Drip Feeding in February

Tanvir Naomi BushDisability, South Africa, Visual Impairment, Zambia 3 Comments

It’s a funny thing but this time last week I was in South Africa in Pretoria East Hospital sitting with my Dad who was attached to a remarkably noisy array of machines some of which blinked, some gurgled and some which went ‘ding’ like the number 57 bus to Highbury circa 1970.

Dad and me in ‘lekker’ T-shirts

I suppose ‘funny’ isn’t the right word. There is nothing funny about a father who has VERY nearly died from complications arising from serious infection and multiple myeloma and who is in ICU trying …although so weak he can barely raise his head from the pillow …to signal through his oxygen tube that he wants someone to sneak him a roast beef sandwich past the ward sister.  I mean ‘funny’ in the sense that one can be in Cambridge, sighing and huffing at a computer one day and the next in Sub Saharan Africa in an isolation unit without ever actually having to do any walking. Train, airport, plane, airport, hospital. Surreal.

Dad is still in the hospital as I type although now out of ICU and isolation and in the general ward where his jelly and custard is not swabbed for bacteria before it is allowed to his bedside. He has a long hard rehabilitation ahead of him and there are many questions still to be resolved about his health and next treatment but for the moment he is out of danger (unless dying of boredom is a possibility. He was already bored in the ICU! This is one man who would rather take his drip stand fishing then lie still in a hospital bed. I pity the nurses…)

My brother had flown over a couple of days in advance and seen Dad at his worst. At one point Dad, mid rigor and fever spike, had told Ben, slightly urgently, to take the number of Ambassadors Funeral Company from his phone. This is what my dad calls ‘future planning’ …although at least he had the number in his phone I ‘spose. So when I arrived my brother, though wonderfully supported by dad’s mate Adam, had already dealt with a whole load of hoo haa. There was a lot more to come. A lot more which I won’t go into now. You will have to wait for the novel.

With aunt looking better!

My aunt joined us and we spent the week going from Jan Marie’s Bed and Breakfast (which I must tell you ALL to stay at…even if it means diverting your trip to the grim old Pretoria. Mr and Mrs Jan and Marie are the most fabulous couple especially if you arrive in confusion, unable to drive, upset and freaked. They picked us all up from airports and dropped us all daily at hospital never asking for a bean.)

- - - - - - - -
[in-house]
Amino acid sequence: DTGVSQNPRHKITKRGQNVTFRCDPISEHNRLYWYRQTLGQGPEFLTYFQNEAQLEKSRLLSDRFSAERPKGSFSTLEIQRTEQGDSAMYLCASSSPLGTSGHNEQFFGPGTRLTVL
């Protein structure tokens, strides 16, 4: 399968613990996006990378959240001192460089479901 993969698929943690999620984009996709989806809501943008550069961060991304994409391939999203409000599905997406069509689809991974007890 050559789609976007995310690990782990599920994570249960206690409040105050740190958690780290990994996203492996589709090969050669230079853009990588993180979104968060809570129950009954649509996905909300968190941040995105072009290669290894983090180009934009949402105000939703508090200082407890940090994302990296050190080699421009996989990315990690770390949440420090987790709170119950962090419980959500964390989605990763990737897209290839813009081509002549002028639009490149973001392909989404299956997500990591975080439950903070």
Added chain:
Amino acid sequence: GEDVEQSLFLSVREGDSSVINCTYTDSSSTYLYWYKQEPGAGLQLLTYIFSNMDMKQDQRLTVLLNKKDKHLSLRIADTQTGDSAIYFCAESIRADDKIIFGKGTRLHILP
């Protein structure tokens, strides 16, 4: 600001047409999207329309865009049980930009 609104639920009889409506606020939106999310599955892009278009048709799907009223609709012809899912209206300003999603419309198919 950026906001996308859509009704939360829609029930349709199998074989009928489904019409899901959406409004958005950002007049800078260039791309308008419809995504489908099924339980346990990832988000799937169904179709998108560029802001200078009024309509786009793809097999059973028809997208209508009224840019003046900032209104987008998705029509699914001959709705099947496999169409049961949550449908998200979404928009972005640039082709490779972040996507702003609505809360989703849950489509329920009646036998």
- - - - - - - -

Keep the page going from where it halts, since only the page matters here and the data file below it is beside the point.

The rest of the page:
I stayed five days. My benefits were suspended for that time and had I stayed longer there would have been complications. What it is to be the Department of Work and Pensions bitch.  Talking of bitches, Grace had to board with our mate Daisy and I, having to resort to my white cane again, was somewhat lopsided without her. But now I am back and my brother is back and this evening my aunt will also fly home leaving Dad to the tender mercies of the nurses and his partner on whom I will not say another word lest it cause the very computer to melt into a smoking bubble of plastic, glass and sparking wiring. Not

Oh and ZAMBIA won the Africa Cup of Nations!!!! Won it! It was phenomenal. The whole country is still dancing.

Oh and I got a place to do a PhD at Bath Spa! I don’t have the finance yet but the place is a start! (yes…I too have the ‘forward planning’ gene of my father.) Will tell you more about it all in the next post.

And that’s enough for this month don’t you think. Holy shit.

Comments 3

  1. I'm so glad your dad is doing better – VERY scary! And now I'm left wondering what in the world about the bubbling plastic, but I understand 🙂

    And woot to Zambia! I feel so proud (never mind that I last saw the place in 1988).

  2. Post

    Hey Bug – thanks me dear. Yes..ehem…bubbling plastic indeed. All bit tricky. So wonderful for Zambia tho! Rock on! T xx
    Hi Wild Iris – lovely to see you hee again. Hope all well your end. Ta for the comment sweeie,
    T xx

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